PCT/EP2009/054332 WO2009125007A2 (en) 2008-04-09 2009-04-09 Method for managing electrical network

Publications (2)

Publication Number Publication Date
JP2011517271A JP2011517271A (en) 2011-05-26
JP5396670B2 true JP5396670B2 (en) 2014-01-22

Family

ID=40076638

Family Applications (1)

Application Number Title Priority Date Filing Date
JP2011503455A Active JP5396670B2 (en) 2008-04-09 2009-04-09 Electrical network management method

Country Status (7)

Country Link
US (1) US8975784B2 (en)
EP (1) EP2260560B1 (en)
JP (1) JP5396670B2 (en)
CN (1) CN102037626B (en)
ES (1) ES2551101T3 (en)
FR (1) FR2930084B1 (en)
WO (1) WO2009125007A2 (en)

Families Citing this family (27)

* Cited by examiner, † Cited by third party
Publication number Priority date Publication date Assignee Title
FR2958812B1 (en) * 2010-04-12 2015-01-09 Novatec Method for balancing an electrical network comprising several generators, distributors and installations
FR2962407B1 (en) * 2010-07-06 2013-05-17 Hispano Suiza Sa Supplying electrical equipment of an aircraft
DE102010061721A1 (en) 2010-11-22 2012-05-24 Airbus Operations Gmbh Energy supply network for an aerospace vehicle, method for supplying electrical consumers with energy and aircraft or spacecraft
FR2969861B1 (en) * 2010-12-28 2014-02-28 Hispano Suiza Sa Voltage conversion module between a high voltage electrical network of an aircraft and an energy storage element
FR2974682B1 (en) 2011-04-26 2014-01-10 Airbus Operations Sas Electric distribution heart and vehicle comprising such a heart
FR2978878B1 (en) * 2011-08-04 2013-08-09 Hispano Suiza Sa Device for electrically supplying an aircraft to the ground.
GB2494133B (en) 2011-08-30 2015-10-07 Ge Aviat Systems Ltd Power distribution in aircraft
JP5758240B2 (en) * 2011-09-05 2015-08-05 株式会社Nttファシリティーズ Power feeding system and control method
US8723349B2 (en) * 2011-10-07 2014-05-13 General Electric Company Apparatus for generating power from a turbine engine
FR2985392B1 (en) * 2011-12-30 2014-01-31 Thales Sa Heterogeneous multiple input power supply system
FR2988694B1 (en) * 2012-03-30 2014-03-28 Hispano Suiza Sa Device for electrically supplying an aircraft on the ground
FR2990573B1 (en) * 2012-05-11 2015-11-20 Hispano Suiza Sa System for controlling and powering turbomachines of a helicopter
US20140197681A1 (en) 2012-07-30 2014-07-17 The Boeing Company Electric system stabilizing system for aircraft
US20140032002A1 (en) * 2012-07-30 2014-01-30 The Boeing Company Electric system stabilizing system for aircraft
GB201219925D0 (en) * 2012-11-06 2012-12-19 Rolls Royce Plc An electrical system for an aircraft
FR3001443B1 (en) * 2013-01-30 2016-05-27 Microturbo Method and system for supplying electric power to an aircraft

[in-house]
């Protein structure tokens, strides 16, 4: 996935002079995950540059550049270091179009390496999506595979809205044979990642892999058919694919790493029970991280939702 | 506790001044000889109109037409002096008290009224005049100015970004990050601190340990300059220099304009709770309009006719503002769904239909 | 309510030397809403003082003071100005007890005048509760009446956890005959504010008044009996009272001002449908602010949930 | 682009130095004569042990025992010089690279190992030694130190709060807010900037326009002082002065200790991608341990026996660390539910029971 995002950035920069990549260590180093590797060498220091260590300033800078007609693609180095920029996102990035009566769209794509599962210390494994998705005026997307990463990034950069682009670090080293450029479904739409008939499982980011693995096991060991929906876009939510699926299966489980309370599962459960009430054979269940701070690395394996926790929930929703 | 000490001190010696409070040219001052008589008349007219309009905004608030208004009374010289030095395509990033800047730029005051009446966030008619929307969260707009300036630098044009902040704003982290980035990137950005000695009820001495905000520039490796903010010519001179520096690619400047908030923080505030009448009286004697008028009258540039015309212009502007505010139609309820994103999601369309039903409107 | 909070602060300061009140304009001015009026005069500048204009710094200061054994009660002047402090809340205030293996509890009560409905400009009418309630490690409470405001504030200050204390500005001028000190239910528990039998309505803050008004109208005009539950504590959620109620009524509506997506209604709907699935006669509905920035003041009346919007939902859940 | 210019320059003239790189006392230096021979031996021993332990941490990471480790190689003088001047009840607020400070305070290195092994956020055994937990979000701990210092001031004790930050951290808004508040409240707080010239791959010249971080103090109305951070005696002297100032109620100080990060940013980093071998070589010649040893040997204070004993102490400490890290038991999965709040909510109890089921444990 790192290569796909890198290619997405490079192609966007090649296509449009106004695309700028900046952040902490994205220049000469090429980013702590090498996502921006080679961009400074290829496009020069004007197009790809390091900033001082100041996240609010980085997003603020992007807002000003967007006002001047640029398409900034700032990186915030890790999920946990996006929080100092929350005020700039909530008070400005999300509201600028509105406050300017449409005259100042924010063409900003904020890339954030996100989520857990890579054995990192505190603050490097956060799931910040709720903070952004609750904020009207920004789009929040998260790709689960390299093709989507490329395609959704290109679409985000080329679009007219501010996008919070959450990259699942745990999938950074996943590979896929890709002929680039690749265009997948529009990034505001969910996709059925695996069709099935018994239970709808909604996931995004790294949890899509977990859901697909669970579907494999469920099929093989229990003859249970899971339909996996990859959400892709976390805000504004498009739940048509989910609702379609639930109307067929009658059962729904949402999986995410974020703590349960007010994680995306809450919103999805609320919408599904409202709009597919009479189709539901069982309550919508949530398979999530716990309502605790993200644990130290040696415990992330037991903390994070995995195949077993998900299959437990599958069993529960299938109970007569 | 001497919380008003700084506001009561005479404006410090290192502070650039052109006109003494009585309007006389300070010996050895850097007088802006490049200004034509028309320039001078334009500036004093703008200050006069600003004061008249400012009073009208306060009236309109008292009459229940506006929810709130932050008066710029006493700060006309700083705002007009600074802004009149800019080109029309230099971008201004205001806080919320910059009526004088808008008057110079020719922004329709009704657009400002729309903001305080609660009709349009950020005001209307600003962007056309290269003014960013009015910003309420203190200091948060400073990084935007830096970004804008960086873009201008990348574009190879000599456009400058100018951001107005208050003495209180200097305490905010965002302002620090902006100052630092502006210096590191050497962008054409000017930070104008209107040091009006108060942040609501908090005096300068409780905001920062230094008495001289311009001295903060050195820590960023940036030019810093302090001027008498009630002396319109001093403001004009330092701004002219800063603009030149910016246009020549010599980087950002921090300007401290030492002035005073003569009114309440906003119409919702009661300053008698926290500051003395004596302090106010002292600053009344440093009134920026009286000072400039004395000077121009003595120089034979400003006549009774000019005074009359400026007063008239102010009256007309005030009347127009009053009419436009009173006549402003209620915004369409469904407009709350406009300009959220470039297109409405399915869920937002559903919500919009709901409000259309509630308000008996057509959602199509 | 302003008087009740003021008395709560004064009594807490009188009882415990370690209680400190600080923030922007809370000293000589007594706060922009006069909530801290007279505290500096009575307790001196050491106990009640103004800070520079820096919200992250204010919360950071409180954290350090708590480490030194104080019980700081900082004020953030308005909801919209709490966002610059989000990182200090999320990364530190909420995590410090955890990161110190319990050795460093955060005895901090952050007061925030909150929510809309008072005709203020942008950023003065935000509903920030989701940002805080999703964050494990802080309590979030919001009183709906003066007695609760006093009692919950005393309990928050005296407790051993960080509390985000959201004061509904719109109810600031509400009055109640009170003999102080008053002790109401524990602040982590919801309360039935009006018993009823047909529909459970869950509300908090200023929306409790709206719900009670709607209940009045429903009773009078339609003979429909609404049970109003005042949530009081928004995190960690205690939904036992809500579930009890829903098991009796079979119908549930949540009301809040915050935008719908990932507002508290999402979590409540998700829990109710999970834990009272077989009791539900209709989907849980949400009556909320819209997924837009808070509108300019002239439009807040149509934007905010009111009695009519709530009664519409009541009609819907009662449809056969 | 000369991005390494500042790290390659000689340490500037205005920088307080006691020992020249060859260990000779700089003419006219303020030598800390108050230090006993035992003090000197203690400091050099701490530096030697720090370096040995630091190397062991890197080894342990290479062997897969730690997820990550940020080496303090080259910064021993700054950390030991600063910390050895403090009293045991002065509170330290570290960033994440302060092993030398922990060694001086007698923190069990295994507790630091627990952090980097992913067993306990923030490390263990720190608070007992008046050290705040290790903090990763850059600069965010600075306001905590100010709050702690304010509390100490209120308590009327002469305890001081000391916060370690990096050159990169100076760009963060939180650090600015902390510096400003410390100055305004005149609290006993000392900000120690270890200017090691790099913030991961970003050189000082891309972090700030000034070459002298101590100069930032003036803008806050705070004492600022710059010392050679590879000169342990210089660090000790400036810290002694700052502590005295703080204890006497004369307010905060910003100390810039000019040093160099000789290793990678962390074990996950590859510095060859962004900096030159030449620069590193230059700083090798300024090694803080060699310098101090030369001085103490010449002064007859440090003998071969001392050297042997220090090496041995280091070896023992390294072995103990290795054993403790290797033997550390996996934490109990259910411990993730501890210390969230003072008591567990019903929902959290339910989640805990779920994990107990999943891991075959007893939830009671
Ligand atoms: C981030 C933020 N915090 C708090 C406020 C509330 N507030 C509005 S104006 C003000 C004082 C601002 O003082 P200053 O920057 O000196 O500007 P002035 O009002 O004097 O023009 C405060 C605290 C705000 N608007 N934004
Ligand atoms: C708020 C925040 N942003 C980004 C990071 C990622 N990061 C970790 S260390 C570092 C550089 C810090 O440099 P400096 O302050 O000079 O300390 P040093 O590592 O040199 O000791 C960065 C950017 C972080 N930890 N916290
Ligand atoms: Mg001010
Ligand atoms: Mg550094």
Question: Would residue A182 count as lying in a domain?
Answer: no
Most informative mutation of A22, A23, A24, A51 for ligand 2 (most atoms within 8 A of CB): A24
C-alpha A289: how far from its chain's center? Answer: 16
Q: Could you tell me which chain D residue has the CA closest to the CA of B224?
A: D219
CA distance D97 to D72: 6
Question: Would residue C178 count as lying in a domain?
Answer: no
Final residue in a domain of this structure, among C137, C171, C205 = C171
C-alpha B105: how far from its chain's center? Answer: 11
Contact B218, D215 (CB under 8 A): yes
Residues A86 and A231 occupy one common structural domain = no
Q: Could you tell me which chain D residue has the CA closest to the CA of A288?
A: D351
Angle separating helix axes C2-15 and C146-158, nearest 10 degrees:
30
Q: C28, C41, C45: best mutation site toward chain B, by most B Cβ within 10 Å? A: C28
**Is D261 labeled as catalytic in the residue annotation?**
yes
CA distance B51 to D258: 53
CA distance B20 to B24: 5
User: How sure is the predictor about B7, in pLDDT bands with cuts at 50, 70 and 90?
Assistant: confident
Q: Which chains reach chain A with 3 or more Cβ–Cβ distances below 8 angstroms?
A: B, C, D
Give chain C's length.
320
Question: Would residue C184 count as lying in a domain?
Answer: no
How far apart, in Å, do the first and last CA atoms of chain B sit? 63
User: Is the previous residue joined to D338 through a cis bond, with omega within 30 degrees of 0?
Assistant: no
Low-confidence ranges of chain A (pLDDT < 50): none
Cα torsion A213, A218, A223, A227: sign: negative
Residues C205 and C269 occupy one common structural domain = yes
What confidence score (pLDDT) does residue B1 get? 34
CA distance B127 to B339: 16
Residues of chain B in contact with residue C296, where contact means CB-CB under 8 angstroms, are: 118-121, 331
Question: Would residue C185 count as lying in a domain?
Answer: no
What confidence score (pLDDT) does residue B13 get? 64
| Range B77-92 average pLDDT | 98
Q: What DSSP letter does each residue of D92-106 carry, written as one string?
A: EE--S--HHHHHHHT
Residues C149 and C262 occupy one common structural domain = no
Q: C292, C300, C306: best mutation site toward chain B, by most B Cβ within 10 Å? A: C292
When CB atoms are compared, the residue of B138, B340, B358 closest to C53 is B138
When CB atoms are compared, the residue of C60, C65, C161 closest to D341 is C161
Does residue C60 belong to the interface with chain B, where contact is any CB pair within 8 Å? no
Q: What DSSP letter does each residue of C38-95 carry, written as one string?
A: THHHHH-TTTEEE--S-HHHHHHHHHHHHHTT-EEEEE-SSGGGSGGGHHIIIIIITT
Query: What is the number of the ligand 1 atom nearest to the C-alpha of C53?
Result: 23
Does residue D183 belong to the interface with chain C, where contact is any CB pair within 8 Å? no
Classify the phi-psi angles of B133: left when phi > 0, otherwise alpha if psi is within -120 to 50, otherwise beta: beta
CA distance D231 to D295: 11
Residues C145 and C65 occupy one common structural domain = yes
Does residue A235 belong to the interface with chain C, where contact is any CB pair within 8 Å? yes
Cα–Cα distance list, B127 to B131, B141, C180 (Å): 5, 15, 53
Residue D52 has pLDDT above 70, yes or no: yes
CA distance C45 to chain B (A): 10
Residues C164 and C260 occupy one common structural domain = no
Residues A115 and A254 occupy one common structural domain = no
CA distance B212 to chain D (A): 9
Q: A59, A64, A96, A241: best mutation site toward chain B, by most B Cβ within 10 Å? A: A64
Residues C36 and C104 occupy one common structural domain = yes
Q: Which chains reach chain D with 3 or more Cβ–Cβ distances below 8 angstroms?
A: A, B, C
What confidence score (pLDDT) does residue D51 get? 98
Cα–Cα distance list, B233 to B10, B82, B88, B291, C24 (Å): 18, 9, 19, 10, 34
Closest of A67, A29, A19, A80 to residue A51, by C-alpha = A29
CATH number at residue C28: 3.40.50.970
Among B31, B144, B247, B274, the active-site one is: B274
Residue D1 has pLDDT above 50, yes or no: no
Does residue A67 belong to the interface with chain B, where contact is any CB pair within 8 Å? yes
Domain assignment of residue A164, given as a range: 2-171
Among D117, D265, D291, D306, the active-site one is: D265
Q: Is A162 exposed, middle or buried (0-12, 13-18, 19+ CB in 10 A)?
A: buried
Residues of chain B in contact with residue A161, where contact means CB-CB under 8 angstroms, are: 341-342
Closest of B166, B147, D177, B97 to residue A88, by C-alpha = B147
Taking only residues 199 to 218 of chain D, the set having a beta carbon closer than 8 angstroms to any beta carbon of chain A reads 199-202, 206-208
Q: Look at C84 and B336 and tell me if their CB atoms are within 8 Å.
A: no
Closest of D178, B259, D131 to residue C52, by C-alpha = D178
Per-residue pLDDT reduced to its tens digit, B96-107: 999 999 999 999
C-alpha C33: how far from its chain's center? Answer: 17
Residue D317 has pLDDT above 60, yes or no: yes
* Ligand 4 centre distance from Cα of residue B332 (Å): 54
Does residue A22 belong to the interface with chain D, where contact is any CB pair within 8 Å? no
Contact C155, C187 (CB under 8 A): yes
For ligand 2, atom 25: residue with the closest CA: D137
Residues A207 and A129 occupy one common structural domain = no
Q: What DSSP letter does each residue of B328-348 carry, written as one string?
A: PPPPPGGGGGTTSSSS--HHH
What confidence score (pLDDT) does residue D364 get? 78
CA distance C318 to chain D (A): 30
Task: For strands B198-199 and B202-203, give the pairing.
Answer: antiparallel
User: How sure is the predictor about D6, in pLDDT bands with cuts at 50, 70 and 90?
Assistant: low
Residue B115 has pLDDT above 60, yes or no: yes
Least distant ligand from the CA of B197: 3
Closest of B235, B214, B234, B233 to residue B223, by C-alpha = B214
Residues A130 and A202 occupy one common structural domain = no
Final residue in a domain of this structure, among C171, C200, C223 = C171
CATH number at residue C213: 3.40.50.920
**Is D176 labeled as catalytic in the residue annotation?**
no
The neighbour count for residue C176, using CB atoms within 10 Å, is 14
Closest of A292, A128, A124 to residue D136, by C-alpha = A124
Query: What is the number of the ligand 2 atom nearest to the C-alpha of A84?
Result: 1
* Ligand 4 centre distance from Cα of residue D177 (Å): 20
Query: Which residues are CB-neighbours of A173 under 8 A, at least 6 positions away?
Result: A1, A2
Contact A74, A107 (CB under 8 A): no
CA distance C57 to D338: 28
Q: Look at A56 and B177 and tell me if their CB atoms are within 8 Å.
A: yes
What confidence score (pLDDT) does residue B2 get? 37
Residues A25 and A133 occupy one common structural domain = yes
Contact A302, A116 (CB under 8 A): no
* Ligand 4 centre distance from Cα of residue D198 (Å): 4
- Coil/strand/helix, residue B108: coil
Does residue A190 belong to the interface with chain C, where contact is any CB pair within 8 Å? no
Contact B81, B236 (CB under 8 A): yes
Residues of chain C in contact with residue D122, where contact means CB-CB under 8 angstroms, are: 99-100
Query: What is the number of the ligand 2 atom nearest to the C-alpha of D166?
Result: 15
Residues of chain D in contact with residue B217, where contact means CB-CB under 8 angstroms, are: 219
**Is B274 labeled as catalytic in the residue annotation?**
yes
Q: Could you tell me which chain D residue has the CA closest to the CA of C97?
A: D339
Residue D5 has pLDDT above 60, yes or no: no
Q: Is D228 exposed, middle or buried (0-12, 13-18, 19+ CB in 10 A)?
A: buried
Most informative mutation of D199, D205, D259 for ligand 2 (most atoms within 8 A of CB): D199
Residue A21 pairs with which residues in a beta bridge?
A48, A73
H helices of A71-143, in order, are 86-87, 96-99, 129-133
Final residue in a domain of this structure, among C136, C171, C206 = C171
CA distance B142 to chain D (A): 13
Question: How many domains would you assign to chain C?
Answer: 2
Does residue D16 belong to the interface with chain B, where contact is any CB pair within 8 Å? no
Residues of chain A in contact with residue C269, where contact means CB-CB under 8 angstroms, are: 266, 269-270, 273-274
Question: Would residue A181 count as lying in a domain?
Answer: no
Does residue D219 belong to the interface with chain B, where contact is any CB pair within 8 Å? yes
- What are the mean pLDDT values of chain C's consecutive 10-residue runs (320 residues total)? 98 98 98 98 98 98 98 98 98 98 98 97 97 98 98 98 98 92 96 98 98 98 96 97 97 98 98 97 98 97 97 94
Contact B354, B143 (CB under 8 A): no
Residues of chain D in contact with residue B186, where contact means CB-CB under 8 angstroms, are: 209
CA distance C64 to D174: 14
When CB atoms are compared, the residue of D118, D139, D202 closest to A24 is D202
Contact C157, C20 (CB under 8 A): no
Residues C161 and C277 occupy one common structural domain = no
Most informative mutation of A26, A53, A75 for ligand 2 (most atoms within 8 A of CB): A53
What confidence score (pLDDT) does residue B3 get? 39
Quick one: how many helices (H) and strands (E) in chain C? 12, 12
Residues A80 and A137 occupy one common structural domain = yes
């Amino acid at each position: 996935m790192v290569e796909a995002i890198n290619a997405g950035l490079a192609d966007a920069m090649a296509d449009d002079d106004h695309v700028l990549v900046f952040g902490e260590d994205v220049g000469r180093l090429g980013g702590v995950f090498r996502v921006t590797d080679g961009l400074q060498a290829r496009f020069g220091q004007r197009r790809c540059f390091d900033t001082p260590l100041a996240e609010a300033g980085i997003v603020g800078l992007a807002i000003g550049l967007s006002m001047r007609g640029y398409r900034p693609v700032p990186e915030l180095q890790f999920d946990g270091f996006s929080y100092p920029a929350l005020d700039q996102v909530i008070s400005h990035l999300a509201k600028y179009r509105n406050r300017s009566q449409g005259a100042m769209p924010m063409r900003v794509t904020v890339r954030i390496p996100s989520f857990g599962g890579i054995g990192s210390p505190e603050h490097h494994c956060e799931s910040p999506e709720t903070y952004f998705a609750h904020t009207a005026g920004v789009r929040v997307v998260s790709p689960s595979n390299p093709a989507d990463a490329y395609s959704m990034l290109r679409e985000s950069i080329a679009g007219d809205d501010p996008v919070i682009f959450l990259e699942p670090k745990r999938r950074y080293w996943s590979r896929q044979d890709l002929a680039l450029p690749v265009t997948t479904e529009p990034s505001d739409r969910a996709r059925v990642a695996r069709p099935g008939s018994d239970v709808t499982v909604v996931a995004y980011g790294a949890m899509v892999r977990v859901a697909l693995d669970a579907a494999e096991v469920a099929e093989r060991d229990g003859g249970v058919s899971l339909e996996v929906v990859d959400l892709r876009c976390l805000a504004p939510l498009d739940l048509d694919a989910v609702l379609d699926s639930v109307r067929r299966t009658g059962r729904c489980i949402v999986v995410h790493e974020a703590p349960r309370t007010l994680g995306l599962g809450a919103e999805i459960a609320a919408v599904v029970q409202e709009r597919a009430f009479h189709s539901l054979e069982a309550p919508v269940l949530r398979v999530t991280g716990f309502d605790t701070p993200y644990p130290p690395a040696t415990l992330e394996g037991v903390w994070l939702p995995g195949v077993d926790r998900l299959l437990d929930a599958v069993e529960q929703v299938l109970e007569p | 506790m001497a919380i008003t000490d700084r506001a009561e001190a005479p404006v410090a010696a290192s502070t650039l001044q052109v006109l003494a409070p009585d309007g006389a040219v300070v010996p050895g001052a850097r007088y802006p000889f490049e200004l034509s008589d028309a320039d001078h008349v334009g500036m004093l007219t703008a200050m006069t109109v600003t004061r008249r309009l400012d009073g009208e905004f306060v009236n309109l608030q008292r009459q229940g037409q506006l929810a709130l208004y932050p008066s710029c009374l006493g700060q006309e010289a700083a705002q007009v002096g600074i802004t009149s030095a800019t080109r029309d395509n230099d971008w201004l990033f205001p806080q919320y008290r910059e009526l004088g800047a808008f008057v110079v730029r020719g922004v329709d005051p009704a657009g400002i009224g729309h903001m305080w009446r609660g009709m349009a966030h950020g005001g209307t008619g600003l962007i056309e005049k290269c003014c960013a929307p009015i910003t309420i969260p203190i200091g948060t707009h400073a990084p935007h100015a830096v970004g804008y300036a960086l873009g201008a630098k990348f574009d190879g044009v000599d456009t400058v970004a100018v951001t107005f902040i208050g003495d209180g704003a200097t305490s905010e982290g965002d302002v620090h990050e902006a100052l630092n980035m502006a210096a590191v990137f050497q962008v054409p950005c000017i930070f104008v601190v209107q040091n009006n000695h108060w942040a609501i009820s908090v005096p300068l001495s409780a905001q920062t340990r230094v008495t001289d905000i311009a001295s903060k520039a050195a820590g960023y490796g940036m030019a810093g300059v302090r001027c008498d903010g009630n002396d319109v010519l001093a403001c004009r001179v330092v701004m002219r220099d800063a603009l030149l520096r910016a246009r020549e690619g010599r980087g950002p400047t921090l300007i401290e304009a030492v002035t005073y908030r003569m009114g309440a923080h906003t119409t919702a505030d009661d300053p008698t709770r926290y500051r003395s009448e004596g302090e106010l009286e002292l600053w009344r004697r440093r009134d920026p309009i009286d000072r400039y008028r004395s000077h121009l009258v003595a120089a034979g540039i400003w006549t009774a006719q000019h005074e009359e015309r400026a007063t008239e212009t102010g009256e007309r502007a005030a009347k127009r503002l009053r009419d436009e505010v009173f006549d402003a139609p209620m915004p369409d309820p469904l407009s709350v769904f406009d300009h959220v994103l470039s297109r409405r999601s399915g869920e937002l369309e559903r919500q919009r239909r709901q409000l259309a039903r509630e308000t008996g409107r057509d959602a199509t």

GB201308292D0 (en) * 2013-05-09 2013-06-12 Rolls Royce Plc Aircraft electrical system
WO2015071045A1 (en) * 2013-11-18 2015-05-21 Continental Automotive Gmbh Onboard electrical system power control circuit and onboard electrical system
FR3017257B1 (en) * 2014-01-31 2017-11-10 Hispano-Suiza Electrical distribution and conversion system for an aircraft
FR3017500B1 (en) * 2014-02-12 2017-12-08 Electricite De France System for managing an electrical distribution network
FR3024606B1 (en) 2014-08-01 2018-03-02 Thales Sa Electrical network of an aircraft
KR20160039332A (en) * 2014-10-01 2016-04-11 엘에스산전 주식회사 High voltage direct current transmission system
JP2017001662A (en) * 2015-05-05 2017-01-05 ロールス−ロイス コーポレイション Electric direct connection driving device for propelling and lifting aircraft
FR3054737A1 (en) * 2016-07-27 2018-02-02 Schneider Electric Ind Sas Device for controlling and controlling a source inverter
GB2557292A (en) * 2016-12-05 2018-06-20 Ge Aviat Systems Ltd Method and apparatus for operating a power system architecture
FR3063187A1 (en) * 2017-02-22 2018-08-24 Latecoere Method and architecture of input power distribution in an aircraft
DE102018207960A1 (en) 2018-05-22 2019-11-28 Volkswagen Aktiengesellschaft Electrical vehicle power supply device for supplying at least two electrical consumers in a motor vehicle and motor vehicle, switching device and method for operating a vehicle electrical system device

Family Cites Families (18)

* Cited by examiner, † Cited by third party
Publication number Priority date Publication date Assignee Title
DE1299087B (en) 1966-05-10 1969-07-10 Siemens Ag Field effect phototransistor
US4394572A (en) 1981-04-01 1983-07-19 Biox Technology, Inc. Photodetector having an electrically conductive, selectively transmissive window
JPH0429287B2 (en) * 1984-09-25 1992-05-18
IT1221258B (en) 1988-06-22 1990-06-27 Sgs Thomson Microelectronics plastic container cavity 'for semiconductor devices
JPH03127453U (en) * 1990-04-05 1991-12-20
JP4124855B2 (en) * 1998-03-16 2008-07-23 東芝三菱電機産業システム株式会社 Ship power supply